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If you’re enrolled in Medicare, you’ll be getting a new Medicare card in the next year or two with one big difference: the new card won’t have your Social Security number on it. Instead of the Social Security number, the new Medicare cards will have a randomly-assigned Medicare Beneficiary Identifier (MBI) made up of 11 numbers and letters.

This change is considered to be a big win in the fight against identity theft and scammers, especially for older Americans who face risks and are advised to carry their Medicare cards everywhere in case of emergency. The CMS said the change is in reaction to the increase in fraud targeting seniors.

The Centers for Medicare & Medicaid Services (CMS) will begin mailing out new Medicare cards to 58 million current beneficiaries this April, according to the AARP.

Some things to know about the new Medicare card:

  • Residents won’t need to take any action to get their new Medicare card.
  • The new card won’t change an enrolled member’s Medicare coverage or benefits.
  • Medicare will never ask for personal or private information before providing the new Medicare number and card. In fact, there are very limited situations in which Medicare will call someone.
  • There’s no charge for the new card.

The CMS warns if someone calls requesting information about Medicare numbers or other personal information, consumers should hang up and call 1-800-MEDICARE (1-800-633-4227).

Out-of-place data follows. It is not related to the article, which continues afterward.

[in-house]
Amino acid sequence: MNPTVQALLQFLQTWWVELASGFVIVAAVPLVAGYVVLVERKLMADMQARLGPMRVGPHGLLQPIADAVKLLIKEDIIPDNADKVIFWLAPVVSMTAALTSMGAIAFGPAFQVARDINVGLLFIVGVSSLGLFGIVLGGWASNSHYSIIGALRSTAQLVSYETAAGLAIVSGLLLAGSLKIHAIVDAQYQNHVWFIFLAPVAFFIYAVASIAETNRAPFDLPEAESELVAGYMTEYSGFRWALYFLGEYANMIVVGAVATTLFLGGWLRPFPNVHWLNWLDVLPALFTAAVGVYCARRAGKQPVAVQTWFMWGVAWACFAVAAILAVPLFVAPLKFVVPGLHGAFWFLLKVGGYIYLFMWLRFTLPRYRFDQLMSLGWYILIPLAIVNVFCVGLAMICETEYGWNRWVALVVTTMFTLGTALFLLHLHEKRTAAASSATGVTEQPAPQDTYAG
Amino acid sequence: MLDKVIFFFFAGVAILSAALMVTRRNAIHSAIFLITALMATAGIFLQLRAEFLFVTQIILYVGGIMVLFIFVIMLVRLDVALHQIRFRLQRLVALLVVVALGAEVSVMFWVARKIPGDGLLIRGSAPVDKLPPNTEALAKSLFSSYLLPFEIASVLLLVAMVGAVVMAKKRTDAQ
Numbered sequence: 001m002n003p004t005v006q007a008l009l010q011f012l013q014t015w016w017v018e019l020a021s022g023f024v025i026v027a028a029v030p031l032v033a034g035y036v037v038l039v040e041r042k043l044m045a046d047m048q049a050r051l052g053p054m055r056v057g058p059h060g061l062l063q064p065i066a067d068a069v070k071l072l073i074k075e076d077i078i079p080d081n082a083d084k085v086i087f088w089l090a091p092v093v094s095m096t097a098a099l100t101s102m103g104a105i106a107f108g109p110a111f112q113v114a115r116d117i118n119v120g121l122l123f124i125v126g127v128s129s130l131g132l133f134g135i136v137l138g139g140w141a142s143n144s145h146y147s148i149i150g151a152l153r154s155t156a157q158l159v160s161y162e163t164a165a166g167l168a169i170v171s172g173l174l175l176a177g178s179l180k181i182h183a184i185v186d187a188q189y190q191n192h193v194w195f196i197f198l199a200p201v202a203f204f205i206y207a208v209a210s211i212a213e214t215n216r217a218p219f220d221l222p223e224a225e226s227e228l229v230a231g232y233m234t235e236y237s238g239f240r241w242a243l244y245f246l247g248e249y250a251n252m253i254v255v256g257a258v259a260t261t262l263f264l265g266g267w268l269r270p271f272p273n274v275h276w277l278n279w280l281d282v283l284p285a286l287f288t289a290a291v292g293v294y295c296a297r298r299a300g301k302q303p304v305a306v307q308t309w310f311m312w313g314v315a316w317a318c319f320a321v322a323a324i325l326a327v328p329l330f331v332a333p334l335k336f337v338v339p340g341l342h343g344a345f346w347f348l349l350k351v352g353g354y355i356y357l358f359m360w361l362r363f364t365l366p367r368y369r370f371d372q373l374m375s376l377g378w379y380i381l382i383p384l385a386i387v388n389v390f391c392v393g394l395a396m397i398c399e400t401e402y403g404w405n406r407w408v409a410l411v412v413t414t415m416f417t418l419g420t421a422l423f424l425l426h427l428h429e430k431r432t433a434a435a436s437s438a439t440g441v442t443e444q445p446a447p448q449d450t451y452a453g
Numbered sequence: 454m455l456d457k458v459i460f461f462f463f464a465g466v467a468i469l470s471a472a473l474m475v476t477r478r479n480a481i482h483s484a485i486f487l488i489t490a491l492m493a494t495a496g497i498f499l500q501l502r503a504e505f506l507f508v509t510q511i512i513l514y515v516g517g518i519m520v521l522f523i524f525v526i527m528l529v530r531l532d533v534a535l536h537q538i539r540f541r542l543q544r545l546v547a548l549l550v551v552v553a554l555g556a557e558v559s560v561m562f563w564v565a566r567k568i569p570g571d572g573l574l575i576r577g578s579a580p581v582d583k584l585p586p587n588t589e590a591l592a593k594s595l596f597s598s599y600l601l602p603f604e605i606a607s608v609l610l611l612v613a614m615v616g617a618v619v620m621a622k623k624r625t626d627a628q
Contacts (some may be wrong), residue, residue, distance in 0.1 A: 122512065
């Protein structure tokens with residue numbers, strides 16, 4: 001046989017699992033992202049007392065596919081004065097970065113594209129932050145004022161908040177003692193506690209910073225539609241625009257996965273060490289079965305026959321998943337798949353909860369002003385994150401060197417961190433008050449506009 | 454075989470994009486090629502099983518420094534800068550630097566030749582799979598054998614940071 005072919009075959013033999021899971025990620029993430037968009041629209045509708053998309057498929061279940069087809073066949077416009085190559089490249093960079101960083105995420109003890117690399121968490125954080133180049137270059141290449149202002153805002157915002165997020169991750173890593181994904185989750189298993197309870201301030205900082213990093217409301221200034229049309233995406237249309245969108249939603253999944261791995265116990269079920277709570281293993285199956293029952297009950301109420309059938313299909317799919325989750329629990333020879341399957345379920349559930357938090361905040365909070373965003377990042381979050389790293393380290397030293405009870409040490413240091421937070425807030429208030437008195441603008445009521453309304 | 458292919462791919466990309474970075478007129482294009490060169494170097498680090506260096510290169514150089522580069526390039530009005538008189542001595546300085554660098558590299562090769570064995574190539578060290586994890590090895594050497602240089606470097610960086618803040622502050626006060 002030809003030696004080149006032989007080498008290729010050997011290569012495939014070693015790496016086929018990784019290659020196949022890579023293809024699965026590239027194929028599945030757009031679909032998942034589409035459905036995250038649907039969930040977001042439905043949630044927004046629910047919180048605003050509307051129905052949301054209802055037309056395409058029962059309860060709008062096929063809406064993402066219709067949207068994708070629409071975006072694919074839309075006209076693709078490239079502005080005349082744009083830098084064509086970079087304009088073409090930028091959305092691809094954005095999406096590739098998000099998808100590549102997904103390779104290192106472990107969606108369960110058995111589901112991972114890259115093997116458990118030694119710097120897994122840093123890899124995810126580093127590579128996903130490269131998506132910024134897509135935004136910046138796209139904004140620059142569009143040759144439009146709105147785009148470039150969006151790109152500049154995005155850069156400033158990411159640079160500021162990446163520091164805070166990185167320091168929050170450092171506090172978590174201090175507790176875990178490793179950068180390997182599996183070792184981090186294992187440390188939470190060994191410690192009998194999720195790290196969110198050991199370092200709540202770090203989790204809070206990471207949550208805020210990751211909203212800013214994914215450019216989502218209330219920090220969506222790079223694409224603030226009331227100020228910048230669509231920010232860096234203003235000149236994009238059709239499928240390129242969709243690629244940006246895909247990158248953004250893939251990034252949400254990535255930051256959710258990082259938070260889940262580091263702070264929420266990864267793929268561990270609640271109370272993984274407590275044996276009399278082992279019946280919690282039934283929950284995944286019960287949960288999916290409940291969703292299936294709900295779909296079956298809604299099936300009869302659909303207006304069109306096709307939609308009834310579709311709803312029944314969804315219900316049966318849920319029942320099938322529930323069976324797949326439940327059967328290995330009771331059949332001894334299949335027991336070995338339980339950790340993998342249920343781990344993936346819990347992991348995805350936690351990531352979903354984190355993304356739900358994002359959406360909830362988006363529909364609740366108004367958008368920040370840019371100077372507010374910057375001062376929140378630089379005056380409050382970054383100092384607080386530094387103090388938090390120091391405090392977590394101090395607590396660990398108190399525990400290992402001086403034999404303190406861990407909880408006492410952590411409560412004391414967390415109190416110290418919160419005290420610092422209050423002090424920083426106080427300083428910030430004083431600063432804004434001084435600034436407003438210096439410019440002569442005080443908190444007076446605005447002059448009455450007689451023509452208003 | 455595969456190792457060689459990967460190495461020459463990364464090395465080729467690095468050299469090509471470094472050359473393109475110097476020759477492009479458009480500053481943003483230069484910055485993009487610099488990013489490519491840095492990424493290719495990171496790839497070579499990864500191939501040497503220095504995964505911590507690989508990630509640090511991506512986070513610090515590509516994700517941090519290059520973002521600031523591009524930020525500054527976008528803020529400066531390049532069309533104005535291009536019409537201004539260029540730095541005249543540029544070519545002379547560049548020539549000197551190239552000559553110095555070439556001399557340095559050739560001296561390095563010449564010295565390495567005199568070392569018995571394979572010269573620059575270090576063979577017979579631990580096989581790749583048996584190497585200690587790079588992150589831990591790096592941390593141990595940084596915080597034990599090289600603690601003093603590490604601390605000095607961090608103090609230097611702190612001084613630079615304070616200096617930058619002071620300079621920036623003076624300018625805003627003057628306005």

Older Massachusetts residents with questions about their health insurance needs are also encouraged to speak with their local SHINE counselor. SHINE counselors are volunteers or staff trained and certified by the Executive Office of Elder Affairs in many areas of health insurance, including Medicare Part A, Part B, and Part D.

If you have additional questions, contact the Office of Consumer Affairs and Business Regulation by calling our Consumer Hotline at (617) 973-8787, or toll-free in MA at (888) 283-3757, Monday through Friday, from 9 am-4:30 pm. Follow the Office on Facebook and Twitter, @Mass_Consumer. The Baker-Polito Administration’s Office of Consumer Affairs and Business Regulation along with its five agencies work together to achieve two goals: to protect and empower consumers through advocacy and education, and to ensure a fair playing field for Massachusetts businesses. The Office also oversees the state’s Lemon Laws and Arbitration Program, Data Breach reporting, Home Improvement Contractor Programs and the MA Do Not Call Registry.

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